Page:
Intern who created Spotify’s ‘Wrapped’ feature says she never got credit

Jewel Ham stayed quiet, but as the popularity of the feature she presented on her last day grew, she wanted to speak out.

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A young woman who claims she was responsible for the creation of what has become a time-honored tradition of Spotify, its Wrapped feature, is claiming she never got credit for her contribution. 

Jewel Ham shared on Twitter that she was a design intern at Spotify, which debuted a Snapchat-like story feature last year that allows users to share their year-end listening habits in a social-media format. Ham asserts that before her time at the music streaming site, Wrapped was a feature that was sent to users in a link to a microsite. 

Social media circles are abuzz with the revelation that the Black woman interning at Spotify who created its popular “Wrapped” feature never got credit. (Photo: Screenshot/Twitter)

In a now-viral Twitter stream, Ham wrote, “I really invented the Spotify wrapped story concept as an intern project in 2019 and they haven’t looked back since LMAO.” 

“I can’t make this up!” she added, along with a mock-up of her design. 

In another post, she wrote, “to clarify, for those of yall unfamiliar with #SpotifyWrapped – it used to be an email and a playlist. since 2019, it has become an interactive user experience and that right there – was my idea!”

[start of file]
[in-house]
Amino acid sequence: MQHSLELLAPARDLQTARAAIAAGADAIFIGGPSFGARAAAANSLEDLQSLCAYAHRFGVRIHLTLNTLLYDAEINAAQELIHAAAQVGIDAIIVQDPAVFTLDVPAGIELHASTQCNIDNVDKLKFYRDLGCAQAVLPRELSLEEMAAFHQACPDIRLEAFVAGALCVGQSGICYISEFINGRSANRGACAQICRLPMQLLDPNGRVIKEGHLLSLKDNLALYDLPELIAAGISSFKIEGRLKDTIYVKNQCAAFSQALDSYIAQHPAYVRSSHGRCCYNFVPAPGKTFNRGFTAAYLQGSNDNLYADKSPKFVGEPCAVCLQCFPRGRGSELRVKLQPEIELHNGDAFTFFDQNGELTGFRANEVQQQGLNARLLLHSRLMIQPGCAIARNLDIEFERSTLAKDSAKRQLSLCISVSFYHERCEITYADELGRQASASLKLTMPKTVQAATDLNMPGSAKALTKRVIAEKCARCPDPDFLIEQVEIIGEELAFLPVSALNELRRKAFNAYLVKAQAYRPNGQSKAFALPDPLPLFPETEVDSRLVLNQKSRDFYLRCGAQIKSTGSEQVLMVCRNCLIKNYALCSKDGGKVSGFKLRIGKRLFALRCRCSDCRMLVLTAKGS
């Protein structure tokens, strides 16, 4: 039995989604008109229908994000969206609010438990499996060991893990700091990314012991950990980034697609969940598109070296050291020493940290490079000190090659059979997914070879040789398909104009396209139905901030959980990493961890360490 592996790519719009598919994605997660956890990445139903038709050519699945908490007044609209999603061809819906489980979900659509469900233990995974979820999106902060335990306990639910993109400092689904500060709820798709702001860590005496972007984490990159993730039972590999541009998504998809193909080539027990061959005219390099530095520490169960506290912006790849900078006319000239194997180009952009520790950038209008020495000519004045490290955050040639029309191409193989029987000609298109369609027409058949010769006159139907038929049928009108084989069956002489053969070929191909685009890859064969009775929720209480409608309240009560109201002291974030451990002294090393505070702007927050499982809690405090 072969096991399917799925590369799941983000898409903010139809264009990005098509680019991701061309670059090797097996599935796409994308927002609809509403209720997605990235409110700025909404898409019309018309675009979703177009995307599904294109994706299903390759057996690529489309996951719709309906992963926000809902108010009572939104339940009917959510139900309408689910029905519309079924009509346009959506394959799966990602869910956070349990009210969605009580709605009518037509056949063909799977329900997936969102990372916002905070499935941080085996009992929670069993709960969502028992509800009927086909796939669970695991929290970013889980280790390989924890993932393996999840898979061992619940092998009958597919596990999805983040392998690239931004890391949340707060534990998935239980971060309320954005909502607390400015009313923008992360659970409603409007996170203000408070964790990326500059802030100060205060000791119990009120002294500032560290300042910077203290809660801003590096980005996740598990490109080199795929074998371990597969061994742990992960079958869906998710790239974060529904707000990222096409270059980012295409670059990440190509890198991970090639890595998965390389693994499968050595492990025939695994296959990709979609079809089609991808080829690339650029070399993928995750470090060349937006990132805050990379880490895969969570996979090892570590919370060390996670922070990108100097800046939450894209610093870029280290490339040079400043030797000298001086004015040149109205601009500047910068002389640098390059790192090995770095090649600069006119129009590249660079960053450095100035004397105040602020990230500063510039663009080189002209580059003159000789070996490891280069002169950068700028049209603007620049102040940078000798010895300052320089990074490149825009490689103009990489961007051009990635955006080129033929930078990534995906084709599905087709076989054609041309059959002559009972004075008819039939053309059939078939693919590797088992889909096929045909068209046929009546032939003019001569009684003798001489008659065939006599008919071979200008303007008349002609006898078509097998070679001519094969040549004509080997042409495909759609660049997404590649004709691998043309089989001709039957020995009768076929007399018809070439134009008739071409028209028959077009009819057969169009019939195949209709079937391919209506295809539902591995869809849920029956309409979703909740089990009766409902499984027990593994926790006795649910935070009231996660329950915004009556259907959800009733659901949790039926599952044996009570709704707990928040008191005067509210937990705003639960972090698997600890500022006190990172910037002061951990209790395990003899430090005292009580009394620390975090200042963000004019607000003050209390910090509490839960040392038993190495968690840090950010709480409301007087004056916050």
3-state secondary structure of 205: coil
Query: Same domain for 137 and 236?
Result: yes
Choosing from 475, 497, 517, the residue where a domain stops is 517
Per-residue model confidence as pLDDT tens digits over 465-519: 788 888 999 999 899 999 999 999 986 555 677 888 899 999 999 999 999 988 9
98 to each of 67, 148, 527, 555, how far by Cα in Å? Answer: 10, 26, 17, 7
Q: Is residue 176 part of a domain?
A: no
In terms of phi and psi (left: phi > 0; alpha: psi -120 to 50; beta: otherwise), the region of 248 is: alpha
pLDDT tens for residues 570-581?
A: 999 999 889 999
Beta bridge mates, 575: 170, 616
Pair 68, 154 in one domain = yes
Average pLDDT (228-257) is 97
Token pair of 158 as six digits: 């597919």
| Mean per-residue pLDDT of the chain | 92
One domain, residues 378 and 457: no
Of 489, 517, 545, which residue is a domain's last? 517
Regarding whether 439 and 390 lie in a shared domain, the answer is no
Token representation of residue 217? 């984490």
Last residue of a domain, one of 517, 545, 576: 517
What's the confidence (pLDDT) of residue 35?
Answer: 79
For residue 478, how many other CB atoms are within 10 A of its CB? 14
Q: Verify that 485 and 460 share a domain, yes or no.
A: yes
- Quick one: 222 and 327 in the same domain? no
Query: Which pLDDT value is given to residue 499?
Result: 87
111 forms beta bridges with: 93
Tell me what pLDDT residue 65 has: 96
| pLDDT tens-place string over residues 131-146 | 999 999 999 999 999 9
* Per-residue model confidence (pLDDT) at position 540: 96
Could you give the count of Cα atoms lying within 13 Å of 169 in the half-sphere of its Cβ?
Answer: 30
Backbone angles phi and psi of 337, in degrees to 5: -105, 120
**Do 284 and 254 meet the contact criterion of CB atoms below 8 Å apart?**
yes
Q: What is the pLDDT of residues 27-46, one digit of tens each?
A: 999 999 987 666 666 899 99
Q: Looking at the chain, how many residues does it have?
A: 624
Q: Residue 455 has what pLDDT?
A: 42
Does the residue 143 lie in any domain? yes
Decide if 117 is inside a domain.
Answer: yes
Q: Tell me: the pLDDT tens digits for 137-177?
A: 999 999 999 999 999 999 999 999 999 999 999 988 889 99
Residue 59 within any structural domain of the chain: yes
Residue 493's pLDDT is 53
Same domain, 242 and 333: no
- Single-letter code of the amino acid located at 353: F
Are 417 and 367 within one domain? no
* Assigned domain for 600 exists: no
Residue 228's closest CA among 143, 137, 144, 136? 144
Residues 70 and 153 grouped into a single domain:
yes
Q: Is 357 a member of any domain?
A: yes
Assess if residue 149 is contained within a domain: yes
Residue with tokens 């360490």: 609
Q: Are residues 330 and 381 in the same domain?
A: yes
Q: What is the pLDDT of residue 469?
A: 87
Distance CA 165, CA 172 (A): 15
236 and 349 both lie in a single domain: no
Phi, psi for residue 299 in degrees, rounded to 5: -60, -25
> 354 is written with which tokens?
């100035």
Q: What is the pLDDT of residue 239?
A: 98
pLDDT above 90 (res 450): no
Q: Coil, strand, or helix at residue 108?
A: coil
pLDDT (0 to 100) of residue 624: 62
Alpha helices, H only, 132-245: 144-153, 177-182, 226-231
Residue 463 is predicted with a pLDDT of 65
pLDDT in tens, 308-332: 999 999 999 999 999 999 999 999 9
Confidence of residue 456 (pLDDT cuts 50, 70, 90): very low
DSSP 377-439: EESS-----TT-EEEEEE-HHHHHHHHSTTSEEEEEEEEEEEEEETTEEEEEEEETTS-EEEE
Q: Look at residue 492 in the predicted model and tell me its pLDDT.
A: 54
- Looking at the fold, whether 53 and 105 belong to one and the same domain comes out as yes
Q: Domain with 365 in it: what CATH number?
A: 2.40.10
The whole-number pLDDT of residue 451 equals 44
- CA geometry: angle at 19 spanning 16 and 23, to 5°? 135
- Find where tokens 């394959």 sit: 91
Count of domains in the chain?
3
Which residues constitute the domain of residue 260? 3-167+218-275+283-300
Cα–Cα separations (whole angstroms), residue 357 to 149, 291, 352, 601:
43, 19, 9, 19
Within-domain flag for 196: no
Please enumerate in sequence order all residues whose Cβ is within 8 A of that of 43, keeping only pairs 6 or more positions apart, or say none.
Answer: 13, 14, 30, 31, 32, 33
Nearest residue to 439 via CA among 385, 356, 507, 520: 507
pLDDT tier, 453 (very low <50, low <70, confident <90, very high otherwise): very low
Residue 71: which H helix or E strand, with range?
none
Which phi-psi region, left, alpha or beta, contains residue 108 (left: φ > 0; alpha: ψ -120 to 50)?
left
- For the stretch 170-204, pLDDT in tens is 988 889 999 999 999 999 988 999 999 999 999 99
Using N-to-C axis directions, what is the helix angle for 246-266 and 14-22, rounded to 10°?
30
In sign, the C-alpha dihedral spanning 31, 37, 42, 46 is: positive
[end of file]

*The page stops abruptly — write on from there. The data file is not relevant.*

“I was a person that had Spotify and loved Wrapped, but it was just a link they would send at the end of the year,” Ham said in a Dec. 1 interview with Refinery29, recalling its older versions. “It was just something that you personally knew about.” 

“When I gave the presentation at the end of my intern project, it was received really well,” she said. “They liked the idea. That was my last day.”

Ham noted that she stayed quiet the first year of the launch, but as the feature became more popular this year, she wanted to speak out. She said that she’s aware that corporate entities don’t have to share credit with employees. Still, the culture of Spotify compelled her to speak out. 

“It was a good internship, and I had a good time,” says Ham. “The things that I enjoyed the most about Spotify were very perk-related — they have a lot of snacks, they have nap rooms. But I feel like I have to distance myself a bit from all those benefits because that doesn’t translate into any type of compensation for such a large idea.”

She notes that the stipends many companies pay interns — who are usually younger and awash with innovative ideas — are not comparable to what they contribute. 

“It makes me question how people value creativity,” Ham says. “I find that a lot of people who are creatives are immediately recognizing this as wrong. But for people who are not, it feels as if we’re dispensable.”

In a statement, Spotify officials responded to Ham’s contentions.

“Spotify is proud to provide young talent from all backgrounds with the opportunity to create, contribute and learn alongside some of the best teams in the business,” a spokesperson told Refinery29

“Since Spotify’s Wrapped concept was first introduced in 2013, hundreds of employees have contributed ideas and creative concepts that have made the experience what it is today. While ideas generated during Spotify’s internship program have on occasion informed campaigns and products, based on our internal review, that is not the case here with Spotify Wrapped. It’s unfortunate that things have been characterized otherwise.”

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